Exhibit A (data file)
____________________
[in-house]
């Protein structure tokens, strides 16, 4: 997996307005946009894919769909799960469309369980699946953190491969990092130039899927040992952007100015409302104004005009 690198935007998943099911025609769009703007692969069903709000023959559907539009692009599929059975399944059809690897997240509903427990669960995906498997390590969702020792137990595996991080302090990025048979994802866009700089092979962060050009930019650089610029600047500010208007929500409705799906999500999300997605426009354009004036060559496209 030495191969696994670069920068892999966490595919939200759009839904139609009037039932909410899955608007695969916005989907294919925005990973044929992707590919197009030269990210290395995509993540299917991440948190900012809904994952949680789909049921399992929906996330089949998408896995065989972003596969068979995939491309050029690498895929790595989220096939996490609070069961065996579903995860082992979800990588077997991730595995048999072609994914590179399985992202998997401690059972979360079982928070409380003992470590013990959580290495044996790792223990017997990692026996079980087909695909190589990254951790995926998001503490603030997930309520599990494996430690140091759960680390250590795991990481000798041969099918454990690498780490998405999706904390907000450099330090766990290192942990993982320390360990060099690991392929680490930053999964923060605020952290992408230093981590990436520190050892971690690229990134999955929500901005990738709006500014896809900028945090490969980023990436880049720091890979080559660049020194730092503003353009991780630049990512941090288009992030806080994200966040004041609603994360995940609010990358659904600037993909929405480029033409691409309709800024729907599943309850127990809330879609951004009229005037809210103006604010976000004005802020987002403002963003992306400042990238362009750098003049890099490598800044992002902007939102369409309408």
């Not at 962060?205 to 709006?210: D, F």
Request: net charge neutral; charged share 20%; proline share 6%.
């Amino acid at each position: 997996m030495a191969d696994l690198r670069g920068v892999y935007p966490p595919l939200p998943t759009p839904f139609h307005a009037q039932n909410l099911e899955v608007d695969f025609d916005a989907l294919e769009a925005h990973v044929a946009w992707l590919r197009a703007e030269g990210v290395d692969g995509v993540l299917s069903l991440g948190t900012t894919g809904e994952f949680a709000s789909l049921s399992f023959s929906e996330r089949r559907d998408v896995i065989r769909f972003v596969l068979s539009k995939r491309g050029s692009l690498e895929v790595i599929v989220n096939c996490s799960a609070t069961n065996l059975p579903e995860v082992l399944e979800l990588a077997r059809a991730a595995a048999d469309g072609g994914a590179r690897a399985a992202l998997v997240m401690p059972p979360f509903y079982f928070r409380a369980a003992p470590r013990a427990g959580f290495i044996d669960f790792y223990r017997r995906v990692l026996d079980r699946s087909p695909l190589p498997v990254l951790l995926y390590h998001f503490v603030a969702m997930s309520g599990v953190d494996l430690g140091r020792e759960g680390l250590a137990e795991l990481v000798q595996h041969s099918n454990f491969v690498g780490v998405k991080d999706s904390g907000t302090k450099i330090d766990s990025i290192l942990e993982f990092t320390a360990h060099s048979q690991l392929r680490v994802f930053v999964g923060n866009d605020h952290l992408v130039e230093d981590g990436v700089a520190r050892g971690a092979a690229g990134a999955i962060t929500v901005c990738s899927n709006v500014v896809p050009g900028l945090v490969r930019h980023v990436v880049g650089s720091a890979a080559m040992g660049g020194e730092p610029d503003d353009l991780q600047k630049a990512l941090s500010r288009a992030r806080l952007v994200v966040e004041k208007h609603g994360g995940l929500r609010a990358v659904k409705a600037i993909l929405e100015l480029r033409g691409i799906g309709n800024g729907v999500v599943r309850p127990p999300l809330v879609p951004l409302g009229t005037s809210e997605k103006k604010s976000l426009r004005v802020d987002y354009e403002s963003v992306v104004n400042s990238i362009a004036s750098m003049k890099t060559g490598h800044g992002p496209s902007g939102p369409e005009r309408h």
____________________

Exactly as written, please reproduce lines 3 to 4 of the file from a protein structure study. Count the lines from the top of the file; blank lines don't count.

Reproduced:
């Not at 962060?205 to 709006?210: D, F």
Request: net charge neutral; charged share 20%; proline share 6%.